Here are some excerpts from stories I did last year for the Plain Dealer.
Just about everyone loves ice cream. Especially the old fashioned dairy parlors where they scoop one dip after another onto a cone. Places like Toft Dairy in Sandusky where the unsuspecting customer orders a “single” and watches in amazement as the server piles one huge dip on top of another until it looks like the cone will tip over from sheer size. The huge servings have been a tradition at Tofts for over sixty years.
You can find Toft’s Dairy Plant and ice cream parlor at 3717 Venice Road (Route 6) in Sandusky or visit them at www.toftdairy.com
Medina is home to a museum that tells the story of America’s small town dairies which also contains a wonderful ice cream parlor where you and the family can experience perhaps our country’s largest ice cream sundae.
America’s Ice Cream and Dairy Museum at Elm Farms Dairy has two special sundaes on the menu of their ice cream parlor. The “Kitchen Sink” is their must-see concoction. First the price: It costs 49 dollars! But listen to what you get: 21 dips of your favorite flavors of premium, 14 percent butterfat, ice cream. Then they drizzle as many flavors of syrup as you like over the mound of ice cream which is then topped with an entire can of whipped cream and sprinkles. Finally it’s capped with several Maraschino Cherries. And here is the fun part: It’s constructed and served in a real stainless-steel kitchen sink that has been converted into a giant sundae dish.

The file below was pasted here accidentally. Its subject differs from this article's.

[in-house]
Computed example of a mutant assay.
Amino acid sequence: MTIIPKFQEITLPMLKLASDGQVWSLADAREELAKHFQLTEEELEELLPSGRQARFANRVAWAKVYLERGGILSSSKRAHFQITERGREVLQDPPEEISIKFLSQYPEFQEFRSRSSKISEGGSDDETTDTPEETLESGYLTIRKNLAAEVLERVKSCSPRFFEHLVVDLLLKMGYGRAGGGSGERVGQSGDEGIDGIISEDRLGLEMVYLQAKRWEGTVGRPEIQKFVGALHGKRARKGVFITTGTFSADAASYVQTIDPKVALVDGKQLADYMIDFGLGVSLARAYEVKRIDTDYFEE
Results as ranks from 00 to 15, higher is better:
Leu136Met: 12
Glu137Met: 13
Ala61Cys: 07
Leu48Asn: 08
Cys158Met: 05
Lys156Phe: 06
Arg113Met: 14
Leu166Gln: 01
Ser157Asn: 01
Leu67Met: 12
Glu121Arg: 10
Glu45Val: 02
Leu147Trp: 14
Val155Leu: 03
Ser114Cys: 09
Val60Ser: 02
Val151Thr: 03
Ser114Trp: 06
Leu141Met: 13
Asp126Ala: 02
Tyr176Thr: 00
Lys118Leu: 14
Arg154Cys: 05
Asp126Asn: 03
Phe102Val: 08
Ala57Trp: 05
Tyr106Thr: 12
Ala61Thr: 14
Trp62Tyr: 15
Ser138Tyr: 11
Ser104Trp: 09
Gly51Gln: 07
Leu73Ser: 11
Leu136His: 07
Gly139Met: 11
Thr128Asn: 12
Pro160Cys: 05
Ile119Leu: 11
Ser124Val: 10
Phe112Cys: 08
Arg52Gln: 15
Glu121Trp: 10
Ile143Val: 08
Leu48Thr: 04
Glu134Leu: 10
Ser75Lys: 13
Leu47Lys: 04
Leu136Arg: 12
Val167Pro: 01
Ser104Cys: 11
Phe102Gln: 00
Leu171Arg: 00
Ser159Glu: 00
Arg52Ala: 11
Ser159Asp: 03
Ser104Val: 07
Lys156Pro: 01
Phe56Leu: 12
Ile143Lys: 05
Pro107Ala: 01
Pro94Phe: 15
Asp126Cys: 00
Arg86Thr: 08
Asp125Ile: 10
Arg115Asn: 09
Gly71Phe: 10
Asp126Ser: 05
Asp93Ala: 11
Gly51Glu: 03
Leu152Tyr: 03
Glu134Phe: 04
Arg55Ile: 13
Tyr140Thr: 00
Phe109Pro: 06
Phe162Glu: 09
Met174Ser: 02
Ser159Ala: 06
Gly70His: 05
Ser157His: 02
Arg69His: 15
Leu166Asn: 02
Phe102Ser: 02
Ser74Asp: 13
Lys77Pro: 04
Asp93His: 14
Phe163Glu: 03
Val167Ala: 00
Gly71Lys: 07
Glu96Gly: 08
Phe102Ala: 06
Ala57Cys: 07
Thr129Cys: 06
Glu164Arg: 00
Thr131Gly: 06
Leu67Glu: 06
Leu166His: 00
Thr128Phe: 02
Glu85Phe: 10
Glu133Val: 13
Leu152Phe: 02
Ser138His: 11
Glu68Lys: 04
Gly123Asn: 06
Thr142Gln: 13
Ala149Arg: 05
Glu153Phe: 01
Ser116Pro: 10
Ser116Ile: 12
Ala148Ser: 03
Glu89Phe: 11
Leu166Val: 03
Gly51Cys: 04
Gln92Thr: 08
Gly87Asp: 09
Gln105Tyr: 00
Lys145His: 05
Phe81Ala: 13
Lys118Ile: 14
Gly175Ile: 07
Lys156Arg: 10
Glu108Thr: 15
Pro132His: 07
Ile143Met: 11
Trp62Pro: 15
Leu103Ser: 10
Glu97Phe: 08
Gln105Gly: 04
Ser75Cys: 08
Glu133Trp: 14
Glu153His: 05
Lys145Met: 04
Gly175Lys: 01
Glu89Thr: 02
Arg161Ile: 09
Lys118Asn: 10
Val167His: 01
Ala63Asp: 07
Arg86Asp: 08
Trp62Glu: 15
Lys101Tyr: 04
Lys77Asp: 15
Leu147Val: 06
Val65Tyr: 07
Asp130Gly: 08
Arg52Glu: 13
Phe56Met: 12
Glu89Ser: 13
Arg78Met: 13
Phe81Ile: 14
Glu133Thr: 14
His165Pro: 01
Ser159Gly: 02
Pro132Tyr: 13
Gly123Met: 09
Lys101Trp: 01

For birthdays and other special occasions they will add a layer of chocolate brownies to the sundae.
Owner Sherry Abell says they average about one order for the “Kitchen Sink” each month and it is usually for a children’s birthday party. The sundae will feed a dozen or more people. They supply spoons and dishes to go with the giant sundae.
But say you don’t have a party. You just want a big sundae to eat all by yourself. The ice cream parlor’s other specialty is called the “Gut-Buster Sundae” and it contains ten dips of ice cream and Sherry Abell says so far, no single customer has been able to eat the whole thing.
The museum grew out of Sherry’s husband, Carl Abell’s, collection of dairy memorabilia. That includes equipment from his early years at Elm Dairy, but also from collectors all over the world. It has grown to thousands of items and fills 8 thousand square feet of the old dairy buildings. In the collection you will find early soda fountains, bottling equipment and even early milk delivery trucks that were specially designed to allow the milkman to stand on the running board and operate the truck as he hopped off and on making his deliveries to homes.
America’s Ice Cream & Dairy Museum at Elm Farm Dairy, 1050 Lafayette Road (SR 42), Medina, Ohio 44256, 330-722-3839, www.elmfarm.com